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Archive for the ‘Practice of Law’ Columns

Confronting the Underperforming Partner

I witness this same scenario play itself out, time after time, and we never seem to learn.

Imagine this: The practice group leader or managing partner has their attention drawn to the fact that one of our beloved partners is underperforming. This leader knew that the particular partner was underperforming. It didn’t come as a shock. But they were content to let the situation drift without resolution, rather than have to confront the ugly reality of the circumstances. But today we have the facts thrust before us and now something must be done.

Our devoted leader, unaccustomed to having to . . . [more]

Posted in: Practice of Law

Swapping Decision Trees for River Logic

My experience to date with legal knowledge engineering has consisted of using decision trees to automate legal documents in a field known as document assembly. I have never done hard coding or played with expert system shells. Indeed, there are not many of them to play with. The only ones I am aware of are those developed by Neota Logic (formerly Jnana) and RuleBurst (since acquired by Oracle).

So it was interesting to meet Dr. Pamela Gray, a legal knowledge engineer from Charles Sturt University, and her son Xenogene Gray, a computational physicist. Together they have developed a legal . . . [more]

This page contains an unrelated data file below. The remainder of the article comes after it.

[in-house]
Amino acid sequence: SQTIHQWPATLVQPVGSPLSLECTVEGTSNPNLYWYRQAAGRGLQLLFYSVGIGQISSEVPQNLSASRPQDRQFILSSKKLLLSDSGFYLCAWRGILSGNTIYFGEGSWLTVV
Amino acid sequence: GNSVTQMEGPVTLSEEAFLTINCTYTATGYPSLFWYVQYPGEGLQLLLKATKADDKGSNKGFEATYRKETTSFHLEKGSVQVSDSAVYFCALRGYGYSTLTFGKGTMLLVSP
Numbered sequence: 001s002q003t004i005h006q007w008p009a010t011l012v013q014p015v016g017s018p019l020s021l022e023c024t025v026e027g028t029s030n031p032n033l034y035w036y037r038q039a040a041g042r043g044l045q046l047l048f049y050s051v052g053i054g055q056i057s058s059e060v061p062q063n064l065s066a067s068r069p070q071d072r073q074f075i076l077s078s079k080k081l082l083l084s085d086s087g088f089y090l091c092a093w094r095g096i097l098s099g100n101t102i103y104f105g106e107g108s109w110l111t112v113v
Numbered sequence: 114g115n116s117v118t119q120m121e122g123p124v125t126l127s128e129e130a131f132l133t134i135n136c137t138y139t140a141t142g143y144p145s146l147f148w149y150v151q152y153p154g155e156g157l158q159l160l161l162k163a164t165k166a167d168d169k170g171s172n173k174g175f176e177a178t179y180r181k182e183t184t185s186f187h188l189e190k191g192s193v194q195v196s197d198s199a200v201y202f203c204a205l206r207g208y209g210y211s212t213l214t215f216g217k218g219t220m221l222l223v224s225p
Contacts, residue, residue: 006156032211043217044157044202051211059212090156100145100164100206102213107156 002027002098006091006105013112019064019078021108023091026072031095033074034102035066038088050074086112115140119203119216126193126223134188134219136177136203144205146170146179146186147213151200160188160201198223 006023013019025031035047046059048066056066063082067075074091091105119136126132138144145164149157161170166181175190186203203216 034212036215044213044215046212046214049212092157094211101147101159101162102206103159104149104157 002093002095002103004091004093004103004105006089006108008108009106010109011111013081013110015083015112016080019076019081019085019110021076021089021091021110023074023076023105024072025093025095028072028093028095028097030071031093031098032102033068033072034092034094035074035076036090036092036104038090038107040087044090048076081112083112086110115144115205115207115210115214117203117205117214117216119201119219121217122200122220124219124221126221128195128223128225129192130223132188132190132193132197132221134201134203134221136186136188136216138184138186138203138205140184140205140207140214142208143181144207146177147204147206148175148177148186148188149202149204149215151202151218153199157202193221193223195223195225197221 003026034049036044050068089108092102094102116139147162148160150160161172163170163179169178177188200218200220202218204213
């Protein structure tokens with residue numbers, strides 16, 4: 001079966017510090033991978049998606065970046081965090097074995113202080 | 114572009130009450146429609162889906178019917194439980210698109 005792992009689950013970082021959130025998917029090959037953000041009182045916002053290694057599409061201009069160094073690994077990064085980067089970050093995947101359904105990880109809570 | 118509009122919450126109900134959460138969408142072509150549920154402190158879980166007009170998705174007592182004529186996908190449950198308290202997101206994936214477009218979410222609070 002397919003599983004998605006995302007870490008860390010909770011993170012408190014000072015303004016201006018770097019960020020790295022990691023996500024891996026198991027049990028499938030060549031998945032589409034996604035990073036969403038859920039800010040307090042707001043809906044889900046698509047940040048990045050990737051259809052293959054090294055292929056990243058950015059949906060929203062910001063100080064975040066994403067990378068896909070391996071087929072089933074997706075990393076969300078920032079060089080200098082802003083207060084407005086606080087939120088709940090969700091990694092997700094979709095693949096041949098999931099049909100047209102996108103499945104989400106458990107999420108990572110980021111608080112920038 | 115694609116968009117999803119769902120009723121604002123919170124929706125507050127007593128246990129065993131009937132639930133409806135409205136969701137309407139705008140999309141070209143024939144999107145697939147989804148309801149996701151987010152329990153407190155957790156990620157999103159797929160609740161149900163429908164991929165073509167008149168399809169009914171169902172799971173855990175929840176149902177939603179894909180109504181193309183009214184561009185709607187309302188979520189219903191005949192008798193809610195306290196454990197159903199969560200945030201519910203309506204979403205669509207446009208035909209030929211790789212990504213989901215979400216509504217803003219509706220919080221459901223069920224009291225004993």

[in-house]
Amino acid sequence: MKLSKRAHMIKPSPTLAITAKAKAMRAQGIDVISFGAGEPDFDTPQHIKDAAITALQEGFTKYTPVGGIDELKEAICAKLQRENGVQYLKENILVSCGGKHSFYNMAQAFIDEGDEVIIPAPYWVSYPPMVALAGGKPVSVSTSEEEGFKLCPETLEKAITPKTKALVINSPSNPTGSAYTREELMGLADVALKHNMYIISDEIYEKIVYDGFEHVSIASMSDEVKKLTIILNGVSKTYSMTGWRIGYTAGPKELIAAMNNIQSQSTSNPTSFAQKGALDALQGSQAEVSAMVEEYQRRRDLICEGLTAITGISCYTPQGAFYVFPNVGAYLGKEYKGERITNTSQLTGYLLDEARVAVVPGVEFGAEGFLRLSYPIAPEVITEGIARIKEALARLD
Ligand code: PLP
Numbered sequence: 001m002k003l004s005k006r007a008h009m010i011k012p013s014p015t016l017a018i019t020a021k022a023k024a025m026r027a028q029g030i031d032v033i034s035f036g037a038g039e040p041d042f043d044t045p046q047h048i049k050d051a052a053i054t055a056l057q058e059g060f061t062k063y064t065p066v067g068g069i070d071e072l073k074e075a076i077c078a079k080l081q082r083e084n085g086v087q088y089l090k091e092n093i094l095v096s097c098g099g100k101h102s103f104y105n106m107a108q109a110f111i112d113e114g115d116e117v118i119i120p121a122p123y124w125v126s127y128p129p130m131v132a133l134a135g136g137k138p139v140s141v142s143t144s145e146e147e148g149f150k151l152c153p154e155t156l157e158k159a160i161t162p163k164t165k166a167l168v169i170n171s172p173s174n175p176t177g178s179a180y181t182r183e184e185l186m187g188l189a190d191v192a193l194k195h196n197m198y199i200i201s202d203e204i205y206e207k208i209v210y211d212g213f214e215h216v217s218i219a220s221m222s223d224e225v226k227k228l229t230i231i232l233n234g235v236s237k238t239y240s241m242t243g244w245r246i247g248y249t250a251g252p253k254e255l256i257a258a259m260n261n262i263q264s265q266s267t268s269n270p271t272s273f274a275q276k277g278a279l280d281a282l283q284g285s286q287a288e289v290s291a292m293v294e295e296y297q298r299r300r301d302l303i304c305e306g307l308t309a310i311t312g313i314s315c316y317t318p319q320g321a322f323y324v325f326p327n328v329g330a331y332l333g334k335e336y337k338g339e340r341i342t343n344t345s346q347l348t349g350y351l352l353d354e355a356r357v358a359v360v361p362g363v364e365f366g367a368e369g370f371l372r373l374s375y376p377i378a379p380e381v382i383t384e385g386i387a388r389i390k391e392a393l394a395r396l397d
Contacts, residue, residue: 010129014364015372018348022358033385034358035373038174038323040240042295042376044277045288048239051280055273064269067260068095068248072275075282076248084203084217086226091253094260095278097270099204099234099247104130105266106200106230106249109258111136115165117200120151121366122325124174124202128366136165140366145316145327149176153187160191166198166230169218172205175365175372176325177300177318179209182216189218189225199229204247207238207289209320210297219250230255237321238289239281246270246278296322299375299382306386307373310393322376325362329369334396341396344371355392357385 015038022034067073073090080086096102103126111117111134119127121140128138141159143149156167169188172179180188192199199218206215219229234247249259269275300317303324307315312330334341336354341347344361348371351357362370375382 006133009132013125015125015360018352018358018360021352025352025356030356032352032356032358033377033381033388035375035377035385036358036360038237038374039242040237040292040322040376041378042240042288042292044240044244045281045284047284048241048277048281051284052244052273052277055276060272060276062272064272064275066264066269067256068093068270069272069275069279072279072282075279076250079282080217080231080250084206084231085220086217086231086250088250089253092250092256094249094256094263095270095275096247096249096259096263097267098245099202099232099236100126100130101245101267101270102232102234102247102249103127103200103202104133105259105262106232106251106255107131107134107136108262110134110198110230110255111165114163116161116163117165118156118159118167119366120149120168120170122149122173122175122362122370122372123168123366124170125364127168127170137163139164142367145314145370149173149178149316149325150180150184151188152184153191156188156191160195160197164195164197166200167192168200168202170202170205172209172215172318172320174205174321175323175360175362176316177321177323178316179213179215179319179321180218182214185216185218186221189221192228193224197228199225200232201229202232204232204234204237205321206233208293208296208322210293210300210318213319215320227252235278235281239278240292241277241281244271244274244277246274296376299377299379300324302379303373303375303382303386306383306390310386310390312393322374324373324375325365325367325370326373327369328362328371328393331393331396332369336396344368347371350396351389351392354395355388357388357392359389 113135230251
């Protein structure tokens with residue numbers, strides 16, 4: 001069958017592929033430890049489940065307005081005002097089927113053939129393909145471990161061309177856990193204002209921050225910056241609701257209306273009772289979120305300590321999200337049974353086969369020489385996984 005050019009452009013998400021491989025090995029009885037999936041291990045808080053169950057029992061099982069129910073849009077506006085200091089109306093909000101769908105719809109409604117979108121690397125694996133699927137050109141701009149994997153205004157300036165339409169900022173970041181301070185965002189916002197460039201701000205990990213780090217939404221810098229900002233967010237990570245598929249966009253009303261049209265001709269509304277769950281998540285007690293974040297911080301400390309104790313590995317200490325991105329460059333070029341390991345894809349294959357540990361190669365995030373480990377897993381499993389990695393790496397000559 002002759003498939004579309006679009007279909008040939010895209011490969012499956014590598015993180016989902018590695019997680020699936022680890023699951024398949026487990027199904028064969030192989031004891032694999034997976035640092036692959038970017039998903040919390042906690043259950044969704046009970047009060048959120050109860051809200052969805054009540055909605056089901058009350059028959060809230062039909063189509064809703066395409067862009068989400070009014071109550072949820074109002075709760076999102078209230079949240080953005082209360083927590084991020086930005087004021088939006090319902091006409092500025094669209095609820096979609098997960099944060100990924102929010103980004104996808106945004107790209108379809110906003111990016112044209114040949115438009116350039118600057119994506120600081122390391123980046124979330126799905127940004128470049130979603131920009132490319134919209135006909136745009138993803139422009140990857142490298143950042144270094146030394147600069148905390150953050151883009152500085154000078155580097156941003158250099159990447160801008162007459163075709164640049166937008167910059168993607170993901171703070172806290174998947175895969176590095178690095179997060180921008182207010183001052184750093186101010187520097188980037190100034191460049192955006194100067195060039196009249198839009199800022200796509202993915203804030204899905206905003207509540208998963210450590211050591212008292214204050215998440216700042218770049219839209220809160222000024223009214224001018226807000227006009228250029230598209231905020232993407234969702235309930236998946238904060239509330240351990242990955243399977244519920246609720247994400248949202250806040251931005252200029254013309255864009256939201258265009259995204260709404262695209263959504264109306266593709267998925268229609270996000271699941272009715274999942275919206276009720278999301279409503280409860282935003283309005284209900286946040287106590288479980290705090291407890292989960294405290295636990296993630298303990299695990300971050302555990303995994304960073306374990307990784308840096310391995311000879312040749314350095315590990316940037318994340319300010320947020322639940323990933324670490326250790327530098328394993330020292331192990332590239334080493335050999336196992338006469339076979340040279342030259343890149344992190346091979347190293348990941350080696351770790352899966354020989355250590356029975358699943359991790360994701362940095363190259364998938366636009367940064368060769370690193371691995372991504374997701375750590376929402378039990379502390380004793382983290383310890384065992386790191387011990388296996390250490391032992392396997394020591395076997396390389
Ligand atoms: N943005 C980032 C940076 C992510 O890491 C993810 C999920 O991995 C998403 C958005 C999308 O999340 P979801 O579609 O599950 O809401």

Posted in: Practice of Law

Charity Begins at Home

A newly minted partner that I know, was hit with the realization that while she has a robust group of clients, she can no longer look to her firm to send her work as they did when she was an associate. Lisa knows that developing new business is now completely up to her. She also now has a responsibility to make sure that associates in her medium-sized firm are given sufficient work that they too are profitable.

When Lisa looks at her marketing plan, it includes all the right activities. She regularly contacts existing and old clients. She gives client . . . [more]

Posted in: Practice of Law

The Purpose and Place of Pro Bono

The most recent Canadian Bar Association annual meeting just wrapped up in Halifax, and while I missed this one, I attended many previous editions (more recently called Canadian Legal Conferences) while with the CBA. 

At each CLC, I came to notice, Chief Justice Beverly McLachlin’s keynote address could always be counted on to include a call for the legal profession to do more pro bono work. I suppose the fact that this is an annual request from the chief justice indicates that it’s not generating the results she might like to see. 

But it does illustrate the fact that . . . [more]

Posted in: Practice of Law